Trouble finishing the Crankshaft Position Sensor install - JeepForum.com
 
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post #1 of 15 Old 08-29-2019, 06:08 AM Thread Starter
LareJoe
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Trouble finishing the Crankshaft Position Sensor install

Hello.
I'd Like to see if i can get a bit of help with the install of my Crankshaft position sensor. I have a 2004 Jeep GC 4.0L. The crankshaft shaft sensor cooked in it. It's the single bolt cylinder type that looks like a long 12mm socket.with the bolt tab on top. Wires coming out at the top like a firecraker. Maybe other years are easier but I had a hell of a time getting this out. I ended up taking apart the dashboard pieces (Very easy and should've attempted this right off) and accessing it through the 2 1/2" diameter hole.

I used a 1/4" driver with a 4" extension , universal joint and a 11 MM socket. I black taped the universal socket to stiffen it up and the bolt came out easy enough. I then used a set of long nosed needle nose pliers to twist and lift the sensor out of the hole. With some fight this came out. I was happy.

Now the issue. For the life of me I can't get the sensor to align with the hole in order to set it into the whole. My needle nose are a bit to wide and when I try to angle it straight theres no room. I tried using a magnetic tipped extension to attach to the bolt hole extended piece (it's metal and the sensor is not) but the magnet is not string enough.

Can anybody offer me a way to do this. I have medium - large fingers and can't get two of them in their effectively to open and do a scissor like pinch... then align the sensor. I was thinking of black taping the sensor where the wires meet the top of the sensor to stiffen it up and use the wire to get the top up straight while i position the base with a flat head screw driver.

If anybody has any other ideas I'd gladly take them. i cant find any video or written advice on this specific portion of the install. I'm so close.


Thanks!

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post #2 of 15 Old 08-29-2019, 06:25 AM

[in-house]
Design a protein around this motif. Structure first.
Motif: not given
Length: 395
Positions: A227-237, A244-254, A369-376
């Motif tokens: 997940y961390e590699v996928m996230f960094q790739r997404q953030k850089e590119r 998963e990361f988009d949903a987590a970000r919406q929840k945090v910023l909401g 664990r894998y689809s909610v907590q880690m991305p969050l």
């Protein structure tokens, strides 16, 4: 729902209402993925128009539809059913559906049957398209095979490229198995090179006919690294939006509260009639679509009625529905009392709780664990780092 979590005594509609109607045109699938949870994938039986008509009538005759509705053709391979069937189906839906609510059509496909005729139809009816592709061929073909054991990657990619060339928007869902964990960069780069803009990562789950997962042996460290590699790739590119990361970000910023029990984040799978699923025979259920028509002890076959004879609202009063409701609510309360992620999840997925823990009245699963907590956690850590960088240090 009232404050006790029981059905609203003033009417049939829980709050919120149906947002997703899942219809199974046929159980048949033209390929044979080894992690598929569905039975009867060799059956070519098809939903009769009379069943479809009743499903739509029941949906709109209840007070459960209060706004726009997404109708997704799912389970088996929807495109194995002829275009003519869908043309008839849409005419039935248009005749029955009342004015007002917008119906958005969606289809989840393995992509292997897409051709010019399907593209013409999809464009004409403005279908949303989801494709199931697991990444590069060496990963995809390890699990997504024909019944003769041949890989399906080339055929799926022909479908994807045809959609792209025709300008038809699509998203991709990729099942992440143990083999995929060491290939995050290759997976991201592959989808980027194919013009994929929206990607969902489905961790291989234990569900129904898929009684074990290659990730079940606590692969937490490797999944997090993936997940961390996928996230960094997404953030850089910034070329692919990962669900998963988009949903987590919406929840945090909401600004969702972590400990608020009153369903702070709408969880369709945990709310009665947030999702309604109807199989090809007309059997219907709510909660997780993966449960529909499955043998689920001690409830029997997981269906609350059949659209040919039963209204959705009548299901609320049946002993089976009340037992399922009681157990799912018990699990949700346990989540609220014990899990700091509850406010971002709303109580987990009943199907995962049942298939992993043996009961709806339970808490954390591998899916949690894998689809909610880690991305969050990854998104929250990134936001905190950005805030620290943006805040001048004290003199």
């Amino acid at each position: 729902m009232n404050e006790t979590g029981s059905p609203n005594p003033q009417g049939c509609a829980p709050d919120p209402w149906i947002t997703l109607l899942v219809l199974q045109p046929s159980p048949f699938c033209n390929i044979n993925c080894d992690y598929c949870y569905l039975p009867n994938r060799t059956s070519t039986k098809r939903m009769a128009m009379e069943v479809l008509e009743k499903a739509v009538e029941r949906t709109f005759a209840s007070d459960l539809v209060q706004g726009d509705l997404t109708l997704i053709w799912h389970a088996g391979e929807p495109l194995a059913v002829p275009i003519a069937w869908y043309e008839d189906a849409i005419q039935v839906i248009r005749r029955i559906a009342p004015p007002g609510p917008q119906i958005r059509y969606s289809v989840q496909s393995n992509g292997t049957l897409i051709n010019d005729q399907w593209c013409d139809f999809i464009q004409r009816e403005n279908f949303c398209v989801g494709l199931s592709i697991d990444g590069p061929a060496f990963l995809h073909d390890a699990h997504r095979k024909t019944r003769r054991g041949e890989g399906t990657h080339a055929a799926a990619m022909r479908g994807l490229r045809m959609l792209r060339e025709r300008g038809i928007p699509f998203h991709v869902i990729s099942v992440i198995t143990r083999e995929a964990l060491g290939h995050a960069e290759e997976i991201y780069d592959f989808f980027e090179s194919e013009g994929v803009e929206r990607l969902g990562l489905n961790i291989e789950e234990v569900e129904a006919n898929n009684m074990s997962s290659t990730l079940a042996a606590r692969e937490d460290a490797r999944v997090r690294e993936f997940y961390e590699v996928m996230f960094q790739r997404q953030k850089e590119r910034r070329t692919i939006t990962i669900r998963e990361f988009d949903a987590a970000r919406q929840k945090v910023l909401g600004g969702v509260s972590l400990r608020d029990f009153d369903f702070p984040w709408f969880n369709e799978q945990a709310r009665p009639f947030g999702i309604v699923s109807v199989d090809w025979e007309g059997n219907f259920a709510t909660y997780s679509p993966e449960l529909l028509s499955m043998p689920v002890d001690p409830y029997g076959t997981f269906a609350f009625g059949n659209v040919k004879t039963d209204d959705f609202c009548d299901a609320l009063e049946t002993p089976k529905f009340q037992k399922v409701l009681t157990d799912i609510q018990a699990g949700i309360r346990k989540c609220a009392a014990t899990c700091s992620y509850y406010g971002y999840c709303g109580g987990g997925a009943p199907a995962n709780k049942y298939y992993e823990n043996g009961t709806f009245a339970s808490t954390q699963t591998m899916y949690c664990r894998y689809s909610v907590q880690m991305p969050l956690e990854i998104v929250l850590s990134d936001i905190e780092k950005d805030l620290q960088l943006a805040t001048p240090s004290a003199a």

007matman
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I did mine from the bottom.

You need to remove the shift linkage. It's not easy but I got it done.

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post #3 of 15 Old 08-29-2019, 07:58 AM Thread Starter
LareJoe
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Quote:
Originally Posted by 007matman View Post
I did mine from the bottom.

You need to remove the shift linkage. It's not easy but I got it done.

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Hi 007 and thx for the reply.
By linkage you mean the the thin black rod with the almost tie rod arm end, the spring and set back the armature. Were you able to get your arm up there enough to align and press the sensor into place?
I have my car up on ramps as i originally failed trying to connect multiple extensions and u joints during the removal. I had thought about that but it seemed like I would not have enough room to reach up there let alone work it into place. Were you able to finger the sensor in? Also could you comment on how easy the sensor goes into the hole once aligned straight. Is it tight requiring a good press down or does it pretty much fall into place when aligned with minimal pressure? I couldn't gauge that when removing as I felt like I tilted it a bit causing it to be harder to remove. Thanks.
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post #4 of 15 Old 08-29-2019, 08:30 AM
007matman
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This is the YouTube video i watched:

With some revisions by this guy:

There is a seal on the sensor. That's why you struggled to remove it. It shouldn't be as difficult to put it back in.

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post #5 of 15 Old 08-29-2019, 09:06 AM
Mattyjm
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Quote:
Originally Posted by LareJoe View Post
Hi 007 and thx for the reply.
By linkage you mean the the thin black rod with the almost tie rod arm end, the spring and set back the armature. Were you able to get your arm up there enough to align and press the sensor into place?
I have my car up on ramps as i originally failed trying to connect multiple extensions and u joints during the removal. I had thought about that but it seemed like I would not have enough room to reach up there let alone work it into place. Were you able to finger the sensor in? Also could you comment on how easy the sensor goes into the hole once aligned straight. Is it tight requiring a good press down or does it pretty much fall into place when aligned with minimal pressure? I couldn't gauge that when removing as I felt like I tilted it a bit causing it to be harder to remove. Thanks.
I replaced mine by removing the airbox and going in from the top of the engine compartment. You have to get your hand between the firewall and the bell housing. It's a tight squeeze for sure. I used the same technique that you did to remove my old one, but couldn't install a new one that way.

There's a certain amount of angle that was a little unexpected the first time I did one. Once you get it aligned properly with the hole, it takes very little pressure to install it.

2002 Laredo. Baloo.
2004 Rocky Mountain Edition. Froggy Bandit. Wife's Daily Driver. PRISTINE! Stock height and may stay that way.....